Family Vacations to Sedona and Oak Creek Canyon, Arizona
|Sedona's Red Rock Splendor (Corel)|
Sedona and Oak Creek Canyon Highlights
- Take a scenic drive to see Cathedral Rock, Snoopy Rock, and other legendary formations.
- Go on a jeep tour through the backcountry.
- Splash in the stream at Slide Rock State Park.
- Hike and meditate in Boynton Canyon.
- Count how many colorful javelinas painted by local artists that you can spot on Sedona's streets.
Sedona, 120 miles north of Phoenix and 30 miles south of Flagstaff, as well as adjacent Oak Creek Canyon, embodies the type of landscapes we've come to expect of the West. Simply looking out the car window is a treat in this "red rock country" of pastel-painted bluffs, buttes, and boldly shaped geological formations. Driving into Sedona on Hwy 179, you'll see Bell Rock first and then come upon one of the area's most photographed natural marvels, Cathedral Rock, noted for its tall bluffs and spires flanked by stalwart masses of rock. Also look out for Snoopy Rock, a series of pinnacles and humps that, with imagination, somewhat resembles Charles Schulz's beloved beagle. New Agers are drawn to the region's "power spots," or vortices where the electrical and magnetic fields emit a special energy often described by devotees as peaceful and calming. The area is also a site sacred to Native Americans, one where you can still see ancient Indian rock dwellings.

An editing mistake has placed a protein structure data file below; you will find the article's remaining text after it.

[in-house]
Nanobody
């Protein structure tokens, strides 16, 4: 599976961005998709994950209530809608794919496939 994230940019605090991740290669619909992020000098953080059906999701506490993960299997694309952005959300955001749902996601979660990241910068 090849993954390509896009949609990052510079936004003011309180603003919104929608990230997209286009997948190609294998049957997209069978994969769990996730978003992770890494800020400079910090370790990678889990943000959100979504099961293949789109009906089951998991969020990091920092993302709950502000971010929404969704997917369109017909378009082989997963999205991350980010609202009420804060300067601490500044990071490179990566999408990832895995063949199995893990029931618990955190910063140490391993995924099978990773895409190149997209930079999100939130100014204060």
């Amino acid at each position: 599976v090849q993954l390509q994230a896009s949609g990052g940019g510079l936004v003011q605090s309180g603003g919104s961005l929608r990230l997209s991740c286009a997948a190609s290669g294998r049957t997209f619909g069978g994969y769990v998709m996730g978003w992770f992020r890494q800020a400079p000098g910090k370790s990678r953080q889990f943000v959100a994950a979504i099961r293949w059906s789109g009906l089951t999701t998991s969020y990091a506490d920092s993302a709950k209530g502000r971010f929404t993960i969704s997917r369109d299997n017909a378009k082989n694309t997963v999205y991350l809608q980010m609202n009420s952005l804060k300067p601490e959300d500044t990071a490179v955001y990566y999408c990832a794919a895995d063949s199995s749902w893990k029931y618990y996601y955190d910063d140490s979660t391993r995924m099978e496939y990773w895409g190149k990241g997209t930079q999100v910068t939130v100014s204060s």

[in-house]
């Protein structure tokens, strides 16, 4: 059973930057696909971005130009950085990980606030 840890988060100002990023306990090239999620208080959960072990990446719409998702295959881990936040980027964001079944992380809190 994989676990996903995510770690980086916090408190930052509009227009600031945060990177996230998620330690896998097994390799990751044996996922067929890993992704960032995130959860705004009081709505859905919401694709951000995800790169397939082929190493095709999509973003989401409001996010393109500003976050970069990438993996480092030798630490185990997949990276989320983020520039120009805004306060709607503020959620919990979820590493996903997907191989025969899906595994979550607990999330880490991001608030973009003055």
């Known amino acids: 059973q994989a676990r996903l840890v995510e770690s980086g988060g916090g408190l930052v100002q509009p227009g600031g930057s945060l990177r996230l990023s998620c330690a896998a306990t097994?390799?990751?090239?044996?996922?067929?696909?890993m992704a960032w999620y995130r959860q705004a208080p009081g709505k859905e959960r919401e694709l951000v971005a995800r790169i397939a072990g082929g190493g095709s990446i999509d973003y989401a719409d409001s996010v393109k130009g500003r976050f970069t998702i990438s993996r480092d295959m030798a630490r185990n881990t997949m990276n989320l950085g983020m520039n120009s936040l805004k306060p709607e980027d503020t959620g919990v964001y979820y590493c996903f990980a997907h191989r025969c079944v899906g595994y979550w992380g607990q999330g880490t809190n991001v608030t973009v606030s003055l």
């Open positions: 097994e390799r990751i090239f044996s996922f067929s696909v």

Sedona, quite apart from being a spiritual mecca, is a place to enjoy the outdoors. Jeep tours into the backcountry take you through gulches and ravines for great views of nearby canyons, while others go to a 700-year-old Sinaguan cliff dwelling at Tuzigoot National Monument, west of Sedona. At this ancient, sheltered Native American pueblo, you can imagine the women weaving, the men lugging stones, and the children playing. Be sure to just stop and listen: the silence is magical, complimented only by the sound of the breeze dancing through openings in the rock face, or what Native Americans call the "footsteps of the wind."
Slide Rock State Park is named for its series of eroded, smooth rocks that form a natural slide in a cooling stream. Bring an inner tube and join the locals as they float along the creek. Red Rock State Park offers some easy hikes and is a birder's paradise, offering glimpses of 160 species of winged wonders, including bald eagles and black hawks, along five miles of interconnected loop trails. The Eagle's Nest Loop promises the biggest elevation gain at 300 feet, while the Javelina Trail winds through piñon and juniper woodlands.
Many come to hike and meditate in Boynton Canyon, at Boynton Pass Road, known for its beauty as much as its source of primal energy. Legend has it that this is also the site of Kachina Woman, revered by Native Americans as the Mother of the Earth. The West Fork of Oak Creek is popular among hikers, including a loop to the Oak Creek Canyon rim and sweeping views of the fiery-red landscape.
The town itself has a vibrant arts scene, plus some good food pickings. Look out for the city-wide public art project "Javelinas on Parade." Painted by local artists, the colorful fiberglass javelinas will line the streets of Sedona until they are auctioned off in October 2007 to support local nonprofits.
Tip: The Sedona SuperPass offers discounts on jeep tours, outdoor recreation, dining, and shopping.
Recommended Side Trips: Flagstaff, Grand Canyon National Park, Phoenix
Details mentioned in this article were accurate at the time of publication